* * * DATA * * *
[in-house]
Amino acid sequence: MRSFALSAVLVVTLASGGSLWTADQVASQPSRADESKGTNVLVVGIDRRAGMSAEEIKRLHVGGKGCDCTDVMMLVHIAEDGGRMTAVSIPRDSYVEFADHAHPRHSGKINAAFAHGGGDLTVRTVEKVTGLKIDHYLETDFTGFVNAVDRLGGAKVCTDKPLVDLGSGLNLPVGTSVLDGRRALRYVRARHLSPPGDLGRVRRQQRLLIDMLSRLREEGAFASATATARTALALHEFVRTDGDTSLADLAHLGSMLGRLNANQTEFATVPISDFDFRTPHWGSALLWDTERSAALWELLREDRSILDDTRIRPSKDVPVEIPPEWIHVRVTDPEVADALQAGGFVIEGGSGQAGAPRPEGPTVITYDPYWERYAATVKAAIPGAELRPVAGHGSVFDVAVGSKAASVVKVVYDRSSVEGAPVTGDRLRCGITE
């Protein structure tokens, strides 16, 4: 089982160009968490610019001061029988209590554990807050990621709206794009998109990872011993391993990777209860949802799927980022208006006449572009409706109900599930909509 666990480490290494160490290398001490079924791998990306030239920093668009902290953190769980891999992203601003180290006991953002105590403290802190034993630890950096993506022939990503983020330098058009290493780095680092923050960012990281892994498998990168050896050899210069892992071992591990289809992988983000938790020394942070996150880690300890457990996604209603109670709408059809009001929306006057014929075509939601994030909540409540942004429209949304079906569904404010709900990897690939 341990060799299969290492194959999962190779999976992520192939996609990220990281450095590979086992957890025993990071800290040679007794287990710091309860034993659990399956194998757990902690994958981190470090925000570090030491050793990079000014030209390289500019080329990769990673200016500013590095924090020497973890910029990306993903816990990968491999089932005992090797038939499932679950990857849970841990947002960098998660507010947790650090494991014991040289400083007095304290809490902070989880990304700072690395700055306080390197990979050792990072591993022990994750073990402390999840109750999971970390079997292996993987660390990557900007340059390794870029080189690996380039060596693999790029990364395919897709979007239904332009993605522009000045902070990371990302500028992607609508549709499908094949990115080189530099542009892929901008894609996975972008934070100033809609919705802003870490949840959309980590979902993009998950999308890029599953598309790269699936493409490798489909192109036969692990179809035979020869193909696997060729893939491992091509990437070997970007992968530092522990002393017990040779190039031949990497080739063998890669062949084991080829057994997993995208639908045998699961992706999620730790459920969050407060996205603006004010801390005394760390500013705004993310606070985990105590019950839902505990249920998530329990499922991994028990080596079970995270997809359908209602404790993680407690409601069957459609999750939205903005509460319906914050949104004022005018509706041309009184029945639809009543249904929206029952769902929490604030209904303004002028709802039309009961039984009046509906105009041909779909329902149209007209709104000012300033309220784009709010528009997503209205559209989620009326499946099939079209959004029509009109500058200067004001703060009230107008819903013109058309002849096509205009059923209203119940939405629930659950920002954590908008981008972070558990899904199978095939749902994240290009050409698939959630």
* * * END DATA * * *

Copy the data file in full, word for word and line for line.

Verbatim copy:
[in-house]
Amino acid sequence: MRSFALSAVLVVTLASGGSLWTADQVASQPSRADESKGTNVLVVGIDRRAGMSAEEIKRLHVGGKGCDCTDVMMLVHIAEDGGRMTAVSIPRDSYVEFADHAHPRHSGKINAAFAHGGGDLTVRTVEKVTGLKIDHYLETDFTGFVNAVDRLGGAKVCTDKPLVDLGSGLNLPVGTSVLDGRRALRYVRARHLSPPGDLGRVRRQQRLLIDMLSRLREEGAFASATATARTALALHEFVRTDGDTSLADLAHLGSMLGRLNANQTEFATVPISDFDFRTPHWGSALLWDTERSAALWELLREDRSILDDTRIRPSKDVPVEIPPEWIHVRVTDPEVADALQAGGFVIEGGSGQAGAPRPEGPTVITYDPYWERYAATVKAAIPGAELRPVAGHGSVFDVAVGSKAASVVKVVYDRSSVEGAPVTGDRLRCGITE
């Protein structure tokens, strides 16, 4: 089982160009968490610019001061029988209590554990807050990621709206794009998109990872011993391993990777209860949802799927980022208006006449572009409706109900599930909509 666990480490290494160490290398001490079924791998990306030239920093668009902290953190769980891999992203601003180290006991953002105590403290802190034993630890950096993506022939990503983020330098058009290493780095680092923050960012990281892994498998990168050896050899210069892992071992591990289809992988983000938790020394942070996150880690300890457990996604209603109670709408059809009001929306006057014929075509939601994030909540409540942004429209949304079906569904404010709900990897690939 341990060799299969290492194959999962190779999976992520192939996609990220990281450095590979086992957890025993990071800290040679007794287990710091309860034993659990399956194998757990902690994958981190470090925000570090030491050793990079000014030209390289500019080329990769990673200016500013590095924090020497973890910029990306993903816990990968491999089932005992090797038939499932679950990857849970841990947002960098998660507010947790650090494991014991040289400083007095304290809490902070989880990304700072690395700055306080390197990979050792990072591993022990994750073990402390999840109750999971970390079997292996993987660390990557900007340059390794870029080189690996380039060596693999790029990364395919897709979007239904332009993605522009000045902070990371990302500028992607609508549709499908094949990115080189530099542009892929901008894609996975972008934070100033809609919705802003870490949840959309980590979902993009998950999308890029599953598309790269699936493409490798489909192109036969692990179809035979020869193909696997060729893939491992091509990437070997970007992968530092522990002393017990040779190039031949990497080739063998890669062949084991080829057994997993995208639908045998699961992706999620730790459920969050407060996205603006004010801390005394760390500013705004993310606070985990105590019950839902505990249920998530329990499922991994028990080596079970995270997809359908209602404790993680407690409601069957459609999750939205903005509460319906914050949104004022005018509706041309009184029945639809009543249904929206029952769902929490604030209904303004002028709802039309009961039984009046509906105009041909779909329902149209007209709104000012300033309220784009709010528009997503209205559209989620009326499946099939079209959004029509009109500058200067004001703060009230107008819903013109058309002849096509205009059923209203119940939405629930659950920002954590908008981008972070558990899904199978095939749902994240290009050409698939959630």